Chemical and genetic modification of virus-like particles for applications in vaccine design and drug delivery
Crooke, Stephen Nicholas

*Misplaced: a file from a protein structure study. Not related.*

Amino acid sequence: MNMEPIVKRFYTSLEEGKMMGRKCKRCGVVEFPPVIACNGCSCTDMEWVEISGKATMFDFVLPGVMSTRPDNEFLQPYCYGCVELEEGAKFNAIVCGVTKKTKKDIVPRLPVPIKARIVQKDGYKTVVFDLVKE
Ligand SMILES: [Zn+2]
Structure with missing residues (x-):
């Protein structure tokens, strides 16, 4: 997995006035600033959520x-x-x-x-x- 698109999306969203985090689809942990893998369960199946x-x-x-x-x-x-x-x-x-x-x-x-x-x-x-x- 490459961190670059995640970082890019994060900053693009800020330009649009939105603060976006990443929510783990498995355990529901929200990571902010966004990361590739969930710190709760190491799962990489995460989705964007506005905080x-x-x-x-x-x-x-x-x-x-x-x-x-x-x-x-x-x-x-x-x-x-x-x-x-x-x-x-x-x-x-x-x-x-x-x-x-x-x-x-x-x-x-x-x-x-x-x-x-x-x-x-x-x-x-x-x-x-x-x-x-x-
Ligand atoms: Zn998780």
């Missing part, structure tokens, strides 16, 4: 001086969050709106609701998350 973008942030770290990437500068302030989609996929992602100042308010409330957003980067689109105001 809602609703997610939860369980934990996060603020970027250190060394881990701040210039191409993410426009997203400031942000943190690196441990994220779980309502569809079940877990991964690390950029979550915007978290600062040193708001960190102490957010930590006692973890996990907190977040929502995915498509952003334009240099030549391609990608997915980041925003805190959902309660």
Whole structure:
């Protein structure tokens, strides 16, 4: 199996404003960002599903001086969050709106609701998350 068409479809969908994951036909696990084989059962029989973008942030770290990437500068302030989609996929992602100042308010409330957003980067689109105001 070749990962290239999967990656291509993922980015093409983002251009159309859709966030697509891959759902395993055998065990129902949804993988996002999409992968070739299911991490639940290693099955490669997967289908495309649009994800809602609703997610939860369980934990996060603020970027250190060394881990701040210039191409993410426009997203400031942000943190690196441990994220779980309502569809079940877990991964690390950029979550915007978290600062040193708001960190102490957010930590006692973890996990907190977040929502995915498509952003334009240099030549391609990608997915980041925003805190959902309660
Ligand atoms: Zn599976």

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Virus-like particles (VLPs) are multi-subunit protein assemblies that self-assemble into homogenous particles with periodic structure, making them ideal candidates for applications in biomedicine. This dissertation will discuss both the chemical and genetic modification of Qβ and PP7 VLPs for the design of vaccine platforms and drug delivery vehicles. Both the Qβ and PP7 VLPs are comprised of 180 copies of their respective coat protein (CP) monomers, which assemble to form icosahedral capsids of T = 3 geometry that are 28 and 30 nm in diameter, respectively. Herein, genetic engineering of the Qβ coat protein to introduce peptide and protein domains is described. First, these modifications were encoded as C-terminal extensions of the CP, and co-expression with unmodified subunits produced hybrid particles displaying the peptide or protein domains. These particles were successfully applied in both vaccination studies as well as the targeted delivery of prodrug-converting enzymes encapsulated within the VLP. To broaden the scope of targeting applications, the chemical conjugation of small molecules to the surface of Qβ VLPs was also used to direct cellular uptake and trafficking. The clearance of VLP delivery vehicles from circulation is an important factor governing their efficacy; to this effect, a survey of different polymer modifications and their effects on the immunological response to the Qβ VLP was undertaken. Lastly, PP7 VLPs were modified by genetically encoding extensions of a peptide implicated in mitigating phagocytic clearance to further explore strategies for prolonging circulation. All of the work presented here builds upon previous studies employing VLPs for drug delivery and vaccine development, while building upon the knowledge of chemical and genetic modifications that can be used to develop these materials. This work is poised to bring together the power of chemical and genetic modification in the development of nanoparticle platforms with novel properties that are equipped for effective vaccination and cellular targeting with reduced clearance in vivo.